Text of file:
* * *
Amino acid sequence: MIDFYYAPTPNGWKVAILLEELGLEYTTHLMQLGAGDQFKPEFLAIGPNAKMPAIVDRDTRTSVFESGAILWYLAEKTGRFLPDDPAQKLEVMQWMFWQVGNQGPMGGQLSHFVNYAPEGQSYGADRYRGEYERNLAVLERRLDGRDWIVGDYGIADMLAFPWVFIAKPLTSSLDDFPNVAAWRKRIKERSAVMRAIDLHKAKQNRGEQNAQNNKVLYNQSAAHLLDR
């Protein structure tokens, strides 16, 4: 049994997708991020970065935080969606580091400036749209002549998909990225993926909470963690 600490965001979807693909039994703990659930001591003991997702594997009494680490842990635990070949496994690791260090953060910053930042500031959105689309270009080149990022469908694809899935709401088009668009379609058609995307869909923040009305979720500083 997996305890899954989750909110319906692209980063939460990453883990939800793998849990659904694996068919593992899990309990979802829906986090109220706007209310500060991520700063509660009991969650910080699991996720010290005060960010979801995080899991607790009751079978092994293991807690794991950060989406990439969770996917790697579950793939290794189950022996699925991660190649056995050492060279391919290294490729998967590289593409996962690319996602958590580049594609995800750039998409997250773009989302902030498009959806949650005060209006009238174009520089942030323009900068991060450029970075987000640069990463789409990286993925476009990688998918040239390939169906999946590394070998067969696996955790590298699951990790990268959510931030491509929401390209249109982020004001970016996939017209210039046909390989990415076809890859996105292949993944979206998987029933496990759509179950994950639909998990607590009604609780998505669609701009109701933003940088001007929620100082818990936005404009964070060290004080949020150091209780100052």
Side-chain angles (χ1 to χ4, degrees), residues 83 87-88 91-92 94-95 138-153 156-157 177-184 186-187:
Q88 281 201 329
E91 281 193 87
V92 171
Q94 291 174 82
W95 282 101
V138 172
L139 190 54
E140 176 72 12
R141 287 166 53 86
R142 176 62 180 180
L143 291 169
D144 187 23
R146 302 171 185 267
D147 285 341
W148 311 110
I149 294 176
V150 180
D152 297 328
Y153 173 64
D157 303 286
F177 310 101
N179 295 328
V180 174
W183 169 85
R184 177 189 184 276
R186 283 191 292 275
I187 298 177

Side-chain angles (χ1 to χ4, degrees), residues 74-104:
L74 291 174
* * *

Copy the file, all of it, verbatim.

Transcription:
Amino acid sequence: MIDFYYAPTPNGWKVAILLEELGLEYTTHLMQLGAGDQFKPEFLAIGPNAKMPAIVDRDTRTSVFESGAILWYLAEKTGRFLPDDPAQKLEVMQWMFWQVGNQGPMGGQLSHFVNYAPEGQSYGADRYRGEYERNLAVLERRLDGRDWIVGDYGIADMLAFPWVFIAKPLTSSLDDFPNVAAWRKRIKERSAVMRAIDLHKAKQNRGEQNAQNNKVLYNQSAAHLLDR
């Protein structure tokens, strides 16, 4: 049994997708991020970065935080969606580091400036749209002549998909990225993926909470963690 600490965001979807693909039994703990659930001591003991997702594997009494680490842990635990070949496994690791260090953060910053930042500031959105689309270009080149990022469908694809899935709401088009668009379609058609995307869909923040009305979720500083 997996305890899954989750909110319906692209980063939460990453883990939800793998849990659904694996068919593992899990309990979802829906986090109220706007209310500060991520700063509660009991969650910080699991996720010290005060960010979801995080899991607790009751079978092994293991807690794991950060989406990439969770996917790697579950793939290794189950022996699925991660190649056995050492060279391919290294490729998967590289593409996962690319996602958590580049594609995800750039998409997250773009989302902030498009959806949650005060209006009238174009520089942030323009900068991060450029970075987000640069990463789409990286993925476009990688998918040239390939169906999946590394070998067969696996955790590298699951990790990268959510931030491509929401390209249109982020004001970016996939017209210039046909390989990415076809890859996105292949993944979206998987029933496990759509179950994950639909998990607590009604609780998505669609701009109701933003940088001007929620100082818990936005404009964070060290004080949020150091209780100052």
Side-chain angles (χ1 to χ4, degrees), residues 83 87-88 91-92 94-95 138-153 156-157 177-184 186-187:
Q88 281 201 329
E91 281 193 87
V92 171
Q94 291 174 82
W95 282 101
V138 172
L139 190 54
E140 176 72 12
R141 287 166 53 86
R142 176 62 180 180
L143 291 169
D144 187 23
R146 302 171 185 267
D147 285 341
W148 311 110
I149 294 176
V150 180
D152 297 328
Y153 173 64
D157 303 286
F177 310 101
N179 295 328
V180 174
W183 169 85
R184 177 189 184 276
R186 283 191 292 275
I187 298 177

Side-chain angles (χ1 to χ4, degrees), residues 74-104:
L74 291 174